Hurricane Gustav landed on the U.S. state of Louisiana Monday morning, making its landfall on the southwest of New Orleans city, the National Hurricane Center said.
The eye of Gustav made the landfall near Cocodrie, Louisiana, about 10:30 a.m. ET (1500 GMT) as a Category 2, moving about 177 kilometers per hour, the center said.
A street at a railroad crossing near the Inner Harbor Navigational Canal is flooded as Hurricane Gustav hits New Orleans, Louisiana September 1, 2008. The center of Hurricane Gustav came ashore as a Category 2 hurricane near Cocodrie, Louisiana, the U.S. National Hurricane Center said on Monday. [Chinadaily.com.cn via Agencies]
At a news briefing in Texas, President George W. Bush said that the emergency response to Hurricane Gustav was "a lot better" than the reaction to the 2005 Hurricane Katrina, leaving more than 1,800 killed and New Orleans devastated.
"The coordination on this storm is a lot better than during Katrina," Bush said at the state Emergency Operations Center in Austin.
However, he warned the danger to the Gulf Coast from Gustav was far from over and it remains a "serious event."
The president cancel his trip to the Republican National Convention in Minnesota starting on Monday and traveled to Austin and San Antonio in Texas, instead, about 640 kilometers away from the Gustav-hit area in Louisiana.
Gustav was downgraded to a Category 2 storm by mid-Monday morning, compared to Katrina, a Category 3 storm.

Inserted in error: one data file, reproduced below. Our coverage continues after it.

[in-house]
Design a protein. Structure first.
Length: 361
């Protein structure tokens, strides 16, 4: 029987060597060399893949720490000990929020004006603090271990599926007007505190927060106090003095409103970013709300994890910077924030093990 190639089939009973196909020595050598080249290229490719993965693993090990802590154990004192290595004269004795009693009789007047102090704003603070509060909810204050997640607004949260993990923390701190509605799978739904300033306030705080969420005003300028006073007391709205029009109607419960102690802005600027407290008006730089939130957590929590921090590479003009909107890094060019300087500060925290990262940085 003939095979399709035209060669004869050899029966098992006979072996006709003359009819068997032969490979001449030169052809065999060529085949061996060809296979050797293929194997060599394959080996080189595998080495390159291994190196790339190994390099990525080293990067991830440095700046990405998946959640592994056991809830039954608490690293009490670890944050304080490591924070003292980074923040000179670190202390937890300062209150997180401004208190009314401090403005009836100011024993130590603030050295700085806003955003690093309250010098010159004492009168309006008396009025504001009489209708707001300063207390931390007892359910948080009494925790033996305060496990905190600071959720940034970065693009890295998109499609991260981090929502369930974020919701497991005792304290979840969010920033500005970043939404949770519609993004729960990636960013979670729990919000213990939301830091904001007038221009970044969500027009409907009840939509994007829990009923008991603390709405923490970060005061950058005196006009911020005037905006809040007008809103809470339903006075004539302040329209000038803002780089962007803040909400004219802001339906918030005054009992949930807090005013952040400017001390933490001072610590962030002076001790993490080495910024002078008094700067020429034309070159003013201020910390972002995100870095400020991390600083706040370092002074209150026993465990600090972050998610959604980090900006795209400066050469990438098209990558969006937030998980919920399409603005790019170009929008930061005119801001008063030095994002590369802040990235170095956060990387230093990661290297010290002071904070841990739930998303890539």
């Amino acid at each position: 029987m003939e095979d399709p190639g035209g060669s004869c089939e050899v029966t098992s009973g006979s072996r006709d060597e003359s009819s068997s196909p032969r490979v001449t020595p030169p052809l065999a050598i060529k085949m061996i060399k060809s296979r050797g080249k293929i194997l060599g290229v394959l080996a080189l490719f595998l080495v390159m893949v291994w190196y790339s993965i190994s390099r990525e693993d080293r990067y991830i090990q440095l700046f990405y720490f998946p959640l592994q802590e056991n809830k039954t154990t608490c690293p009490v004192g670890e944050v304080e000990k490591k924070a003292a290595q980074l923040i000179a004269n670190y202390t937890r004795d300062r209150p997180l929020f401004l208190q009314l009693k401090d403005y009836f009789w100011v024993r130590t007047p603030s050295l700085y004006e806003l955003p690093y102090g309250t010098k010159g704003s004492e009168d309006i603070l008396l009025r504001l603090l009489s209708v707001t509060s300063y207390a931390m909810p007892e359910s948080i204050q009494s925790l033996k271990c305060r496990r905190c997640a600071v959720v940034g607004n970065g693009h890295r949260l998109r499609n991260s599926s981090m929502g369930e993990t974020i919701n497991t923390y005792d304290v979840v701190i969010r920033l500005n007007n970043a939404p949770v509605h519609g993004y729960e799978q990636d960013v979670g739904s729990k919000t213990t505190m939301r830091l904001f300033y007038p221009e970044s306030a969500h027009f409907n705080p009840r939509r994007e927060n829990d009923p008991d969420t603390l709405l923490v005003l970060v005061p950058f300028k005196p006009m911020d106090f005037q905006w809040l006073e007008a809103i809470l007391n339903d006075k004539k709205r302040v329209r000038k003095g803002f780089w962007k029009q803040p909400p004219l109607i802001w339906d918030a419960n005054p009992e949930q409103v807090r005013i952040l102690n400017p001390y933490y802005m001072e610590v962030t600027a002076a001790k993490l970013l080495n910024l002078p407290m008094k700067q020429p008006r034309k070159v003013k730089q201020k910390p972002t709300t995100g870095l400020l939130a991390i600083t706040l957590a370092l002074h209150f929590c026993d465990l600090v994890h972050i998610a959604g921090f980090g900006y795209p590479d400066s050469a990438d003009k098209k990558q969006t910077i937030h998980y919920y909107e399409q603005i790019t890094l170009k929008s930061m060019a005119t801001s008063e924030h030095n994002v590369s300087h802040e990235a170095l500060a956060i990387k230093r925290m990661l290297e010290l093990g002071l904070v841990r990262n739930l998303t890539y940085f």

CNN TV footage broadcast live from New Orleans showed that strong wind swirled rains and swept the city, leaving floodwater overtopping an industrial canal levee.
The CNN report said local police had fled the area and warned reporters to withdraw immediately.
Gustav has killed over 80 persons when it hit the Caribbean region, and was expected to pass through Louisiana, Texas and Mississippi early this week.
Millions of people in Louisiana have been evacuated as the so-called "the storm of the century" loomed. New Orleans, which is still recovering from the catastrophic hit by Hurricane Katrina in 2005, has been put on full alert.
David Paulison, director of the Federal Emergency Management Agency, told reporters earlier on Monday that "unprecedented cooperation" has been ongoing among federal agencies and the private sector.
He said that local residents were offered with help even before the storm came, which significantly eased evacuations. But for those who still stay in New Orleans, "it was their choice."